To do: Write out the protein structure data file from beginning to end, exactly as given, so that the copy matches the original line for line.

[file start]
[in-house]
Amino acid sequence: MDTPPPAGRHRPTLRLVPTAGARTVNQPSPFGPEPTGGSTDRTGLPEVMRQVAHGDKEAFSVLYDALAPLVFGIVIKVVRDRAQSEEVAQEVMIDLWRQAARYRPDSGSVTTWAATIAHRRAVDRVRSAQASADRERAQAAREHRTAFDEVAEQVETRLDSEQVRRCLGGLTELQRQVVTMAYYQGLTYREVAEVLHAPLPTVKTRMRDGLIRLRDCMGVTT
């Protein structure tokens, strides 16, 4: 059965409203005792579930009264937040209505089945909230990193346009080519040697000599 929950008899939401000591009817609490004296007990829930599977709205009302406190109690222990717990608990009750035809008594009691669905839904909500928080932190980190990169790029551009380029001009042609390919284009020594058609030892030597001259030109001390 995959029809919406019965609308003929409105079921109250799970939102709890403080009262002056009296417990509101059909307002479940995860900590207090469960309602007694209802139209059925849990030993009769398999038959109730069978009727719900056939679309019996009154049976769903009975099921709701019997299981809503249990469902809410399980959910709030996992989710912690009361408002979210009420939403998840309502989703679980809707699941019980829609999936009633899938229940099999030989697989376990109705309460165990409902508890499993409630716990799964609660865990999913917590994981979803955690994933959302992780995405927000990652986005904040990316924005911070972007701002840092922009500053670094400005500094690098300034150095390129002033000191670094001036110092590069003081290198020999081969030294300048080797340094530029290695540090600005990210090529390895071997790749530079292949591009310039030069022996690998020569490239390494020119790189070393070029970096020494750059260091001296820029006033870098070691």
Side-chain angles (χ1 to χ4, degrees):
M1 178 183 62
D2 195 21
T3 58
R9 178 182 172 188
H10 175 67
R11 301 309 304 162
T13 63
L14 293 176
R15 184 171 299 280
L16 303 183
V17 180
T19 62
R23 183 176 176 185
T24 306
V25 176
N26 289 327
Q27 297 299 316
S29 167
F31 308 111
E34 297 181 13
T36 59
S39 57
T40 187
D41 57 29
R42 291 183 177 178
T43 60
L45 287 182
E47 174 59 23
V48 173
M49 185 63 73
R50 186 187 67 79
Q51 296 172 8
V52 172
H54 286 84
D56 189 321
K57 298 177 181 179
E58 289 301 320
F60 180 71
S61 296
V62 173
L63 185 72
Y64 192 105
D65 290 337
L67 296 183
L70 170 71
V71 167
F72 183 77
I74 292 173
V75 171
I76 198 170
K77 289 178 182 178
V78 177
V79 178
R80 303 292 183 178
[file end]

[in-house]
Amino acid sequence: MDTPPPAGRHRPTLRLVPTAGARTVNQPSPFGPEPTGGSTDRTGLPEVMRQVAHGDKEAFSVLYDALAPLVFGIVIKVVRDRAQSEEVAQEVMIDLWRQAARYRPDSGSVTTWAATIAHRRAVDRVRSAQASADRERAQAAREHRTAFDEVAEQVETRLDSEQVRRCLGGLTELQRQVVTMAYYQGLTYREVAEVLHAPLPTVKTRMRDGLIRLRDCMGVTT
């Protein structure tokens, strides 16, 4: 059965409203005792579930009264937040209505089945909230990193346009080519040697000599 929950008899939401000591009817609490004296007990829930599977709205009302406190109690222990717990608990009750035809008594009691669905839904909500928080932190980190990169790029551009380029001009042609390919284009020594058609030892030597001259030109001390 995959029809919406019965609308003929409105079921109250799970939102709890403080009262002056009296417990509101059909307002479940995860900590207090469960309602007694209802139209059925849990030993009769398999038959109730069978009727719900056939679309019996009154049976769903009975099921709701019997299981809503249990469902809410399980959910709030996992989710912690009361408002979210009420939403998840309502989703679980809707699941019980829609999936009633899938229940099999030989697989376990109705309460165990409902508890499993409630716990799964609660865990999913917590994981979803955690994933959302992780995405927000990652986005904040990316924005911070972007701002840092922009500053670094400005500094690098300034150095390129002033000191670094001036110092590069003081290198020999081969030294300048080797340094530029290695540090600005990210090529390895071997790749530079292949591009310039030069022996690998020569490239390494020119790189070393070029970096020494750059260091001296820029006033870098070691």
Side-chain angles (χ1 to χ4, degrees):
M1 178 183 62
D2 195 21
T3 58
R9 178 182 172 188
H10 175 67
R11 301 309 304 162
T13 63
L14 293 176
R15 184 171 299 280
L16 303 183
V17 180
T19 62
R23 183 176 176 185
T24 306
V25 176
N26 289 327
Q27 297 299 316
S29 167
F31 308 111
E34 297 181 13
T36 59
S39 57
T40 187
D41 57 29
R42 291 183 177 178
T43 60
L45 287 182
E47 174 59 23
V48 173
M49 185 63 73
R50 186 187 67 79
Q51 296 172 8
V52 172
H54 286 84
D56 189 321
K57 298 177 181 179
E58 289 301 320
F60 180 71
S61 296
V62 173
L63 185 72
Y64 192 105
D65 290 337
L67 296 183
L70 170 71
V71 167
F72 183 77
I74 292 173
V75 171
I76 198 170
K77 289 178 182 178
V78 177
V79 178
R80 303 292 183 178